This Parish Summary is an overview of the large amount of information held for the parish, and only selected examples of sites and finds in each period are given. It has been beyond the scope of the project to carry out detailed research into the historical background, documents, maps or other sources, but we hope that the Parish Summaries will encourage users to refer to the detailed records, and to consult the bibliographical sources referred to below. Feedback and any corrections are welcomed by email to firstname.lastname@example.org
Felbrigg is a small parish in the northeast of the county, close to the coast. The name is a combination of Old English and Old Scandinavian, meaning 'bridge made of planks'. The parish is dominated by Felbrigg Hall (NHER 6633) and park (NHER 29822), which are now owned by the National Trust.
There is some evidence for prehistoric occupation. Neolithic flint implements (NHER 6583) and Neolithic axeheads (NHER 6581, 6584 and 24790) have been found. The cropmark of an oval ditched enclosure (NHER 39128) in the north of the parish may be the remains of a Neolithic barrow. A possible Bronze Age round barrow (NHER 6401) was excavated in the 1920s and the 1950s, but no artefacts were recovered. Three ring ditches (NHER 12155), visible as cropmarks on aerial photographs, may be the remains of Bronze Age barrows. They are situated at the head of a valley, not far from a Bronze Age barrow cemetery (NHER 38580).
Roman pottery (NHER 6585 and 6586), Roman coins (NHER 33826) and Roman brooches (NHER 33827) have been found, as well as a Roman figurine of the god Priapus (NHER 33827), but no Roman settlement can be identified with any certainty.
Although Felbrigg is recorded in the Domesday Book as being a fairly substantial and wealthy settlement, no Saxon finds have yet been found. During the medieval period Felbrigg was an agricultural settlement, and medieval ridge and furrow (NHER 36430) is visible on aerial photographs. Various medieval hollow ways (NHER 19027) and enclosures (NHER 40183) are visible on aerial photographs of Felbrigg Park (NHER 29822). Post medieval former field boundaries are also visible as cropmarks (NHER 39126, 39129 and, 39130). However, there is also evidence of medieval and post medieval industry. A medieval iron working site (NHER 6469) has been found within the park, and the remains of a post medieval brick works (NHER 39178) with kilns and clay pits have been recorded from aerial photographs. Medieval coins (NHER 34889, 33826 and 33827) and pottery fragments (NHER 6587) have been found in the parish. St Margaret's Church (NHER 6637) dates mainly from the 14 and 15th centuries, and contains some excellent examples of medieval memorial brasses and a 14th century wall painting.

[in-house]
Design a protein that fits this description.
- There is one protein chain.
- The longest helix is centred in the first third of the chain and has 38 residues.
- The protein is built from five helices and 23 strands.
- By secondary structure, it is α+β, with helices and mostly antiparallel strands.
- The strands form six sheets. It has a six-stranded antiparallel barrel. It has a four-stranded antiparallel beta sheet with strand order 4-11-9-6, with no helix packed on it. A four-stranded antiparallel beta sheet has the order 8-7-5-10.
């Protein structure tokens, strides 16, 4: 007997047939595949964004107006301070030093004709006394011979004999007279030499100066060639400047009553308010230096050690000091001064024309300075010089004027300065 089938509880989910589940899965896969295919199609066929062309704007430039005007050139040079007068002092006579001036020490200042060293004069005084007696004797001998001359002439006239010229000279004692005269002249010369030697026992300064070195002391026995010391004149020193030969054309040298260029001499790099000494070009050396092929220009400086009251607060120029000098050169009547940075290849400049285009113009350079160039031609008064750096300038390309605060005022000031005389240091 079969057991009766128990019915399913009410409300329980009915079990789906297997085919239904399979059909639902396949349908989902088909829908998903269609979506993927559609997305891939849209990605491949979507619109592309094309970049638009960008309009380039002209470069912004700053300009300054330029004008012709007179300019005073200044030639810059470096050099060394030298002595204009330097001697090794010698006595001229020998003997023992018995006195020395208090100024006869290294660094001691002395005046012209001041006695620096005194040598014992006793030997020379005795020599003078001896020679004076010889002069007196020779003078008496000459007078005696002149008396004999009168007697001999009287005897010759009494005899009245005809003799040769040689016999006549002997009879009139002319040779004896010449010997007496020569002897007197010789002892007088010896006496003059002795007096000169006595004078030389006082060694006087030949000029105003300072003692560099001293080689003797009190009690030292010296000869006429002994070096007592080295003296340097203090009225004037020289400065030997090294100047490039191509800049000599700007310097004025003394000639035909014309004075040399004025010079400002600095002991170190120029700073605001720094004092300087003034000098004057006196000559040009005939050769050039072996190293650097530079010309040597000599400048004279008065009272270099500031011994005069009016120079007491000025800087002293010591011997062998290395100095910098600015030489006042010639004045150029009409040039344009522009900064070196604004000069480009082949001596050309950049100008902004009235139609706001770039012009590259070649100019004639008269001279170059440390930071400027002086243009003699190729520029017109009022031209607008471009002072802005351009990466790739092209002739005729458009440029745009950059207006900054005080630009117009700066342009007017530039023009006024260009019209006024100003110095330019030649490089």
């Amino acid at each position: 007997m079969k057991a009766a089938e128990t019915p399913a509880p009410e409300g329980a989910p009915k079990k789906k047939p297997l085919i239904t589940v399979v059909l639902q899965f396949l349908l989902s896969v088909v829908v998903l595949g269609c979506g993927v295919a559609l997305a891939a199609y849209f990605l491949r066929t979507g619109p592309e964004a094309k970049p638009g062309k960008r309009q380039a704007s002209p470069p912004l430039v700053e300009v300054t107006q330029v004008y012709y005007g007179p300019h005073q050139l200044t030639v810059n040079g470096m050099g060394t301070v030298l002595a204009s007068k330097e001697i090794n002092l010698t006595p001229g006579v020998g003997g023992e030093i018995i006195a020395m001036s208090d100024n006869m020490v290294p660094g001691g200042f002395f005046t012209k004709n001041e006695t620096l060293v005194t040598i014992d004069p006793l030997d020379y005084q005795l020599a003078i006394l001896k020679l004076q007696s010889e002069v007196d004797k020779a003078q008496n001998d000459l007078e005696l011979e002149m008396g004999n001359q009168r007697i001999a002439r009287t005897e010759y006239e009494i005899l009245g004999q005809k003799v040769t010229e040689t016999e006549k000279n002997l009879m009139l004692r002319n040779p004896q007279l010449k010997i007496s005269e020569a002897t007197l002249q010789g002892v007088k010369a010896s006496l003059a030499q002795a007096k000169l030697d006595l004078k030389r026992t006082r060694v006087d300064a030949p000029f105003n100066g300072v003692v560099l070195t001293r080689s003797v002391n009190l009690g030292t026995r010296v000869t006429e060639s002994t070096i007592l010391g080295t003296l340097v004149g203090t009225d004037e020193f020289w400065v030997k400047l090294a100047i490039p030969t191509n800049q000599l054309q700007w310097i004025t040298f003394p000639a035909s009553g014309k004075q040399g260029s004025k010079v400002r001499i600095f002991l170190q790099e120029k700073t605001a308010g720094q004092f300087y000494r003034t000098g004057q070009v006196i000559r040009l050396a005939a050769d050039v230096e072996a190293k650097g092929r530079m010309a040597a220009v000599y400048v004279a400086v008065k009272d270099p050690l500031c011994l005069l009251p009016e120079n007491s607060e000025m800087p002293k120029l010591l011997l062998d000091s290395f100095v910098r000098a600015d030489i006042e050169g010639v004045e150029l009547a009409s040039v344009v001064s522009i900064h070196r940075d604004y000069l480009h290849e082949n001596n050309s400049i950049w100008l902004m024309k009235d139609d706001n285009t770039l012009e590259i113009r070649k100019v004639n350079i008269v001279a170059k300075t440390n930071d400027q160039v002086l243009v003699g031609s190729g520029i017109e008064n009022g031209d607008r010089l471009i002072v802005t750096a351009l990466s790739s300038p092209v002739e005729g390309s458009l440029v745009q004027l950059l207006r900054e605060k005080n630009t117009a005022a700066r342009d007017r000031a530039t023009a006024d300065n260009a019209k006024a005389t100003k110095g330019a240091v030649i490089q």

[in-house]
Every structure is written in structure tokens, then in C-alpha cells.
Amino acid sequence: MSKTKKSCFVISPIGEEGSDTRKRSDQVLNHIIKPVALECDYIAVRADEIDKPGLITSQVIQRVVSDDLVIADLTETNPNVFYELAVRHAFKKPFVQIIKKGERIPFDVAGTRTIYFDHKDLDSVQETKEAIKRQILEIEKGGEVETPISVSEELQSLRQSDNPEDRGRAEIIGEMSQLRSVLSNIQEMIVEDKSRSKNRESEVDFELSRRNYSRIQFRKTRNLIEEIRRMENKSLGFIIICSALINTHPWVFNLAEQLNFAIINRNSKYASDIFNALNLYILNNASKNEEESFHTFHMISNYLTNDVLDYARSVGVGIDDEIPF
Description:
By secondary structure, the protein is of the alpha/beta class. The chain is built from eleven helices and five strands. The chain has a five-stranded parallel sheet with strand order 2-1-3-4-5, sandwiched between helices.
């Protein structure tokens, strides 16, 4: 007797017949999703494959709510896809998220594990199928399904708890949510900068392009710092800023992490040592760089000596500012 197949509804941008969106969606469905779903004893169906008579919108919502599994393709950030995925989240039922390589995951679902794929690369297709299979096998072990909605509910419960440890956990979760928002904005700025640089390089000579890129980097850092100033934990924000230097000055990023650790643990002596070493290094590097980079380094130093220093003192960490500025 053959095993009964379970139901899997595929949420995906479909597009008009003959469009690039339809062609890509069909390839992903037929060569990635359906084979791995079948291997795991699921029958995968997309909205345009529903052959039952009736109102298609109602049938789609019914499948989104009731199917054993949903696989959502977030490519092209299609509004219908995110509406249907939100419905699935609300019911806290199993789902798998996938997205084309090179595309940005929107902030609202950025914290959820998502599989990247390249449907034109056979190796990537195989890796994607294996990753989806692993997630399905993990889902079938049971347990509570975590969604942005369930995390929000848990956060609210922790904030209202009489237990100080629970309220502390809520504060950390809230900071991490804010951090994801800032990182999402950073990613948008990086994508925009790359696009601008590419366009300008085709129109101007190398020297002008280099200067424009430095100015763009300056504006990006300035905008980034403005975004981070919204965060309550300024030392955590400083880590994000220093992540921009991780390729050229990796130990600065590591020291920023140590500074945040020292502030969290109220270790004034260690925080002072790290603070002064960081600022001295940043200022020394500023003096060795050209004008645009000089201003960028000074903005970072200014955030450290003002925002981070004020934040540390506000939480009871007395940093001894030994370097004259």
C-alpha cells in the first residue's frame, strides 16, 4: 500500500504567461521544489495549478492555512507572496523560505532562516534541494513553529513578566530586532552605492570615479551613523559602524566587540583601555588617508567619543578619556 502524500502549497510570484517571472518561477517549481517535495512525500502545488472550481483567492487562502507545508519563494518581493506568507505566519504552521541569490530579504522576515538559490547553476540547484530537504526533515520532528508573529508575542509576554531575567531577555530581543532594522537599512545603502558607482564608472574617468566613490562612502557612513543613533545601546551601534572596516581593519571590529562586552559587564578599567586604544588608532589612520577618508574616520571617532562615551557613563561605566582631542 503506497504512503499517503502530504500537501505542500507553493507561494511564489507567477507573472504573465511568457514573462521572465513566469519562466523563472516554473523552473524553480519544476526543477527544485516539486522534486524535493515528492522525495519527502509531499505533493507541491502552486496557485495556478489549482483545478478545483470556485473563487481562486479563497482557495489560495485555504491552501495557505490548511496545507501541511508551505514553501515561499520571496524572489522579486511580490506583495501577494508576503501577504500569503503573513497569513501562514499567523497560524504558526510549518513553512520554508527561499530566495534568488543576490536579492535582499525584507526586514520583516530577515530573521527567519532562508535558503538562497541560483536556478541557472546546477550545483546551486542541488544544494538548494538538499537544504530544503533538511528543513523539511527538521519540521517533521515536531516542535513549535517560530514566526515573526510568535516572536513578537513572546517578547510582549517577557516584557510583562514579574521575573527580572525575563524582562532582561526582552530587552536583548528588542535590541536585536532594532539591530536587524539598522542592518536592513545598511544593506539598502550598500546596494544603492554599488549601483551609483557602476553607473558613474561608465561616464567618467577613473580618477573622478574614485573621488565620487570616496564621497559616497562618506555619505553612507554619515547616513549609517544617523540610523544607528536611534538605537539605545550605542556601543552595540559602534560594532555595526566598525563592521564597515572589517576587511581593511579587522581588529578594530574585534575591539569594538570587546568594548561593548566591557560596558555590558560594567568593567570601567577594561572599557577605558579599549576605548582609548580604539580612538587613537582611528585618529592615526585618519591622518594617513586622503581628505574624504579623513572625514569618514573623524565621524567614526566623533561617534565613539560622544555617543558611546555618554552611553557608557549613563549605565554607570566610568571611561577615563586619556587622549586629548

Felbrigg Hall, a 17th century mansion, built between 1620 and 1687. ©NTPL/Rupert Truman.
Felbrigg Hall (NHER 6633
) was built in two phases from 1620 to 1687. The striking differences between the two main building phases illustrate the changes in architectural style that took place during the 17th century, interrupted by the Civil War. The 18th century walled gardens contain an 18th century dovecote and an orangery. Felbrigg was the home of the Wyndham family and the Ketton-Cremer's, and it was Robert Ketton-Cremer, a well-known historian, who donated the Hall and its contents to the National Trust. The Hall is surrounded by a park (NHER 28922
) which gradually developed from a medieval deer park into a landscape park, parts of which may have been designed by Humphry Repton in the late 18th century. In the Great Wood the 'Victory V' was planted to commemorate the end of World War Two, and is a striking part of the design of the park.
Sarah Spooner (NLA), November 2005
Brown, P. (ed.), 1984. Domesday Book: Norfolk (Chichester, Phillimore)
Mills, A.D., 1998. Dictionary of English Place-Names (Oxford, Oxford University Press)
National Trust, 2006. 'National Trust, Felbrigg Hall, garden and Park'. Available:
http://www.nationaltrust.org.uk/main/w-vh/w-visits/w-findaplace/w-felbrigghallgardenandpark/. Accessed 21 November 2006.
Rye, J., 1991, A Popular Guide to Norfolk Place-names (Dereham, Larks Press)
Contact the National Trust at Felbrigg:
Felbrigg, Norwich, Norfolk, NR11 8PR
Telephone: 01263 837444